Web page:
At Alcatraz Island’s Thanksgiving Day, the native spirit lives on

By Eliza Strickland, East Bay Express

Do you know where you’ll be at 6:59 a.m. on Thanksgiving morning, as the sun rises over the eastern hills and paints the bay pink? Sure, you could be in bed, visions of turkey and stuffing dancing through your head. But if you crave spiritual nourishment to start the day, join like-minded folks for the Sunrise Gathering on Alcatraz Island, organized by the International Indian Treaty Council. It’s both a rallying point for Indians of the Bay Area and beyond, and a moment when others can express their solidarity with native people. “It’s a gathering to offer thanks, in our way, for the survival of our indigenous nations on this hemisphere in the face of genocide,” says Andrea Carmen, the treaty council’s executive director. The morning’s events include dances by both California Pomo Indians and Aztecs, and a prayer to the rising sun as the first rays hit the island.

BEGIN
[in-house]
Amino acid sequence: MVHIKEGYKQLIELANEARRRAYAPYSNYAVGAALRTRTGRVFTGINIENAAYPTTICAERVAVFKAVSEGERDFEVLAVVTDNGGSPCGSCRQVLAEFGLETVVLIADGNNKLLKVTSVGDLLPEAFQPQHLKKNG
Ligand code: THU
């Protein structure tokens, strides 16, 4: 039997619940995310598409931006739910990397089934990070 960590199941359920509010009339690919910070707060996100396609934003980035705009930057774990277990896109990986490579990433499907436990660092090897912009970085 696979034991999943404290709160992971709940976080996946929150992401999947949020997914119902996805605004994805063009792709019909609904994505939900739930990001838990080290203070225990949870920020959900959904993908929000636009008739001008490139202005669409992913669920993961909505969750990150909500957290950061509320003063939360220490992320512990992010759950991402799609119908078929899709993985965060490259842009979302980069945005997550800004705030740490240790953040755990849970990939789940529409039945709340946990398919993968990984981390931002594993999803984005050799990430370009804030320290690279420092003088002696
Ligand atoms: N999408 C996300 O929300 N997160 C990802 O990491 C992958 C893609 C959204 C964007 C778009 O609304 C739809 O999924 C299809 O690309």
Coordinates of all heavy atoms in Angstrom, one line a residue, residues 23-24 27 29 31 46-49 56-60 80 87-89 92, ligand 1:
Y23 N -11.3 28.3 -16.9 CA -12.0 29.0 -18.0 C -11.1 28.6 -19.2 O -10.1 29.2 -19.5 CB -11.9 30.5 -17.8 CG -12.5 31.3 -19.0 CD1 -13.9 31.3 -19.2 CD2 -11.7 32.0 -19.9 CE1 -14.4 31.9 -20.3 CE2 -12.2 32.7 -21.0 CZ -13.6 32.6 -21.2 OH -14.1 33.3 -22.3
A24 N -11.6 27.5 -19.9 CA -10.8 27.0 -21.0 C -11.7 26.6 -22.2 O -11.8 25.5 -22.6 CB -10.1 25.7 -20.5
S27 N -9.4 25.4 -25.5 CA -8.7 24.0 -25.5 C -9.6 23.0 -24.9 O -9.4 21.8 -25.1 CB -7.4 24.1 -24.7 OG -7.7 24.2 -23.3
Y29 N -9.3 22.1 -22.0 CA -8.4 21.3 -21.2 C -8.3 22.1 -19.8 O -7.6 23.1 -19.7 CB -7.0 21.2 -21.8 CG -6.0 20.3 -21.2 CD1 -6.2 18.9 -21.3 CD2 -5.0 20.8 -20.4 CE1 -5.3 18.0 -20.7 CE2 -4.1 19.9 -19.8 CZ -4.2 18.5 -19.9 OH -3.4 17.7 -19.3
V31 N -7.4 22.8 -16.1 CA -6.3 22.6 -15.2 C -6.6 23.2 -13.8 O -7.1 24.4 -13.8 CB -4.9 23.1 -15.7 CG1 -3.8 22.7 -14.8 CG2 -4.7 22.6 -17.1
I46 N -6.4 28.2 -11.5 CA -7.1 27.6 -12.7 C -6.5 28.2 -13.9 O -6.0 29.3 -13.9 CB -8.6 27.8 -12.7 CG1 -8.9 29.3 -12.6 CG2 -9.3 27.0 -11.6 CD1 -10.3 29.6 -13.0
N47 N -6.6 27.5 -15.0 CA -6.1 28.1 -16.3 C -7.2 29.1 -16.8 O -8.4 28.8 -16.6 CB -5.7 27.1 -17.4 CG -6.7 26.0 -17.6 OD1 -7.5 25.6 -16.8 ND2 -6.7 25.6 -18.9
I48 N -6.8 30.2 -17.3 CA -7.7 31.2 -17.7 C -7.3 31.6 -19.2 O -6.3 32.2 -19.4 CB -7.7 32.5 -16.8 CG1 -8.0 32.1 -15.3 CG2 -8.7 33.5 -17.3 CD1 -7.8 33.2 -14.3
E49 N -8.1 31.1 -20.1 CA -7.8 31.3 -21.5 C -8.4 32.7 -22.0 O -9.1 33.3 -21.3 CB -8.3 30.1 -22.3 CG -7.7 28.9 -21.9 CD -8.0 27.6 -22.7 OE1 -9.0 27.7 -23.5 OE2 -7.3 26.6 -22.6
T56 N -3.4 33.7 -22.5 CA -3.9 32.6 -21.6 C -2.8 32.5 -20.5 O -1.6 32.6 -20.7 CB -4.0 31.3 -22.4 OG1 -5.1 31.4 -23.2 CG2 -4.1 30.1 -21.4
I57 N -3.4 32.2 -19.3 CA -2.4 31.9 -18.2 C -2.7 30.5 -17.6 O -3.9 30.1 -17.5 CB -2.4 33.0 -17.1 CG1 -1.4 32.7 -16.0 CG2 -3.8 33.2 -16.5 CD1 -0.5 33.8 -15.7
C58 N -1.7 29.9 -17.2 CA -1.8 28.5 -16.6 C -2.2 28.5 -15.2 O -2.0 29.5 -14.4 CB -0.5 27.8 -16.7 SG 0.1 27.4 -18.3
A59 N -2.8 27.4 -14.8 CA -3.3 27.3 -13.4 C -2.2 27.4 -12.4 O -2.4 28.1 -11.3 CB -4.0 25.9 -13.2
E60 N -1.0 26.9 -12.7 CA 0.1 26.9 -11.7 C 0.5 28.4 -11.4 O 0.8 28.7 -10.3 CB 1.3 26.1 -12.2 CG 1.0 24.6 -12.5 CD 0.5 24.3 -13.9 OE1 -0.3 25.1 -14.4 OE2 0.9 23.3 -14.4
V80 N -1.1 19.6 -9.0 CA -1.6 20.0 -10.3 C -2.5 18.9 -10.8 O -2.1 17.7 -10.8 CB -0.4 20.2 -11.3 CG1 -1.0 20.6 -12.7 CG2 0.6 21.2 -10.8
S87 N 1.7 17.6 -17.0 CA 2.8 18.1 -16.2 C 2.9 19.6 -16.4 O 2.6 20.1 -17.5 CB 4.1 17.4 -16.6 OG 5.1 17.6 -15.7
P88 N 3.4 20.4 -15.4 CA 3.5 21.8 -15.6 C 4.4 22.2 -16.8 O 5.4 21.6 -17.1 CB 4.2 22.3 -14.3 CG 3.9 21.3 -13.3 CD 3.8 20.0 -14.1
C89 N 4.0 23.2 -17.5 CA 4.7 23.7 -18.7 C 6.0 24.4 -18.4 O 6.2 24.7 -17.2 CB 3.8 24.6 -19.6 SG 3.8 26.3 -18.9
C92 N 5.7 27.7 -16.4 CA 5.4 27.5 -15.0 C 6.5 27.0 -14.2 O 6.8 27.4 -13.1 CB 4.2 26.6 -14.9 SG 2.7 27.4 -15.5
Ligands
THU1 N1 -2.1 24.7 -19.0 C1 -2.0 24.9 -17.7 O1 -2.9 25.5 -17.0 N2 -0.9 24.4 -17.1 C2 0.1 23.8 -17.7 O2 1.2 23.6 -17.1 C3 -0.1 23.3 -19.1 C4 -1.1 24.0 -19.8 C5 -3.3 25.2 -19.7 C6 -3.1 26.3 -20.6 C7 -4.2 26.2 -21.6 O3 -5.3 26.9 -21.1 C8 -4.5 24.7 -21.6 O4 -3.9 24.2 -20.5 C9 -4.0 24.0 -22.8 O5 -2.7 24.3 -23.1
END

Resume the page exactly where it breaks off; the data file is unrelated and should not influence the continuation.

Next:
Brave souls have been congregating at Fisherman’s Wharf in San Francisco for the early morning boat trip for over thirty years now. In its earlier years, the event was called Unthanksgiving Day and had a more confrontational tenor. It was an explicit rebuttal, Carmen says, to the grade-school construction-paper picture of Pilgrims and Indians sitting down together and happily swapping maize recipes. “That’s not what happened, and we know it,” she says. Over time, the organizers have adopted a more positive tone. “The message of Unthanksgiving doesn’t convey the true feeling of indigenous people,” Carmen says, “which is to give thanks every day for our survival, and the survival of the natural world, and the courage of our ancestors who fought and struggled and resisted to keep our culture alive for us.

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